Goldman Sachs has a new risk to manage: mob rage. News that the Wall Street firm has already set aside $16.7 billion for bonuses and other employee pay this year has provoked a visceral reaction.
Goldman has spent the past couple of weeks groping for a proper response to this anger. CEO Lloyd Blankfein has gone from saying that Goldman is “doing God’s work” to saying that “we apologize” for an unspecified catch-all category of “things that were clearly wrong and [that we] have reason to regret.”
The firm also announced an initiative through which new politically powerful “partners” — including the National Federation of Independent Business and the National Urban League — will help it to direct $500 million to certain small businesses (at the likely expense of entrepreneurial start-ups without political backers).
And Goldman has once again cancelled its holiday party and even asked employees not to hold their own traditional at-home parties for workers in their divisions.
These efforts have only provoked more — and uglier — anger. “Blood money. A propitiation,” wrote a Wall Street Journal commenter in response to an article about the small-business initiative. A New York Times commenter agreed. Another Times commenter called it “a drop in the bloody bucket of GS profits.”
It would be comforting to dismiss such sentiments as extreme outliers. But the pop-culture verdict that Goldman is “a great vampire squid wrapped around the face of humanity, relentlessly jamming its blood funnel into anything that smells like money” has stuck. Wall Street itself seems to have uneasily settled for treating this disturbing imagery as a joke.
Many other critics, of course, do justly complain that it’s not fair that the government has protected the investment firm from losses while allowing small businesses to fail.
Goldman itself has done nothing wrong, though. All it has done is to master a business that operates within a dysfunctional regulatory system. Washington does not allow for the marketplace credibly or consistently to discipline Wall Street firms, including Goldman. Goldman acts rationally within this irrational regime.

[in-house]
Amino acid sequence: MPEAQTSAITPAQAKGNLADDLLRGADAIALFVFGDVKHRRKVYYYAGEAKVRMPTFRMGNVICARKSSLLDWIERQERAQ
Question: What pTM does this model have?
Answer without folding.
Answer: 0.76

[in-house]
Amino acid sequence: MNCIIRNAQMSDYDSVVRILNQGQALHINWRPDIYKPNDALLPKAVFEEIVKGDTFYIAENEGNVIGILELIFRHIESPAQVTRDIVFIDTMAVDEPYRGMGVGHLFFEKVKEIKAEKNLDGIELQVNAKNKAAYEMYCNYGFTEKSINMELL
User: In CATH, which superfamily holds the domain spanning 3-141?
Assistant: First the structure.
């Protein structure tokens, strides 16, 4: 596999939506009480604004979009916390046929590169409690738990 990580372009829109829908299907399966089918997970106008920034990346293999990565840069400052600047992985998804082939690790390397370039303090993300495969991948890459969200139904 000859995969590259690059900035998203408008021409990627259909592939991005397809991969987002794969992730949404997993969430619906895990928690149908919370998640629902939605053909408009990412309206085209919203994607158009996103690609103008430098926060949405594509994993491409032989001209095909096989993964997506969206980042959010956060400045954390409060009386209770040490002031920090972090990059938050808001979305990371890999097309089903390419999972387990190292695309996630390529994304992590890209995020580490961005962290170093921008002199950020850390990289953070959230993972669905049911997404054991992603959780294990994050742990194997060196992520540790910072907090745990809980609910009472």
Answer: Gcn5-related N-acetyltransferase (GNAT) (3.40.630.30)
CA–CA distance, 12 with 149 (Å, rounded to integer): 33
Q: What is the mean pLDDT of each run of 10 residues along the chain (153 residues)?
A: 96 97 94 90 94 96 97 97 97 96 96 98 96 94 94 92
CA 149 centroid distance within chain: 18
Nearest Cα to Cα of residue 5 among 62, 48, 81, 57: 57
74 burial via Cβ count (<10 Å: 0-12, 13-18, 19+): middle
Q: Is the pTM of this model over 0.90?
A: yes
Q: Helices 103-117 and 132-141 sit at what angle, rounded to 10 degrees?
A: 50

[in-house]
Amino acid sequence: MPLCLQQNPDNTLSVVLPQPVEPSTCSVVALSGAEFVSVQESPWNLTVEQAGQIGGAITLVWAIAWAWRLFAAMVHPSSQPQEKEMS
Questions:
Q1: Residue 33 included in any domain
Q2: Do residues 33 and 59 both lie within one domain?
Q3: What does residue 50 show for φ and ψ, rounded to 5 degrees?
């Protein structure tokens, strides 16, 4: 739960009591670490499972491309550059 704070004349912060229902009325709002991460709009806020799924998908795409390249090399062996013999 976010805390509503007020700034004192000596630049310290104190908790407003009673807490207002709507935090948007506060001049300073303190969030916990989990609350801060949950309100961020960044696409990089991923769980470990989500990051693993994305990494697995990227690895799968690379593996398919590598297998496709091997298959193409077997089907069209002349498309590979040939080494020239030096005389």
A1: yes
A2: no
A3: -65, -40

If people don’t like it that Washington’s 2008 bailout of AIG allowed Goldman to avoid billions of dollars in likely losses on AIG contracts, they should blame Washington, not Goldman. Goldman only got its share of what Washington’s bailout menu had on offer.
If people don’t like it that an implicit taxpayer “too big to fail” guarantee helps Goldman to pay billions of dollars in bonuses as unemployment rises, they should blame Washington, not Goldman. Goldman is a player, not a referee, and it cannot change the rules.
Should Goldman “give back” more, maybe give the feds back some of the money it got from the AIG rescue, as a sign of goodwill? No — because a market system that depends on goodwill is no system at all.
Washington must create a system in which the markets provide predictable, rules-based discipline of the vital financial industry. Without fair rules, as we see, popular opinion, including its dark side, will try to provide its own rough form of discipline.
And as the fury at Goldman and Goldman’s attempts to address it both show, this method uses a blunt instrument that misses its target and often does collateral damage — not good for the country economically or socially.
— Nicole Gelinas, contributing editor to the Manhattan Institute’s City Journal, is author of the forthcoming After the Fall: Saving Capitalism from Wall Street — and Washington.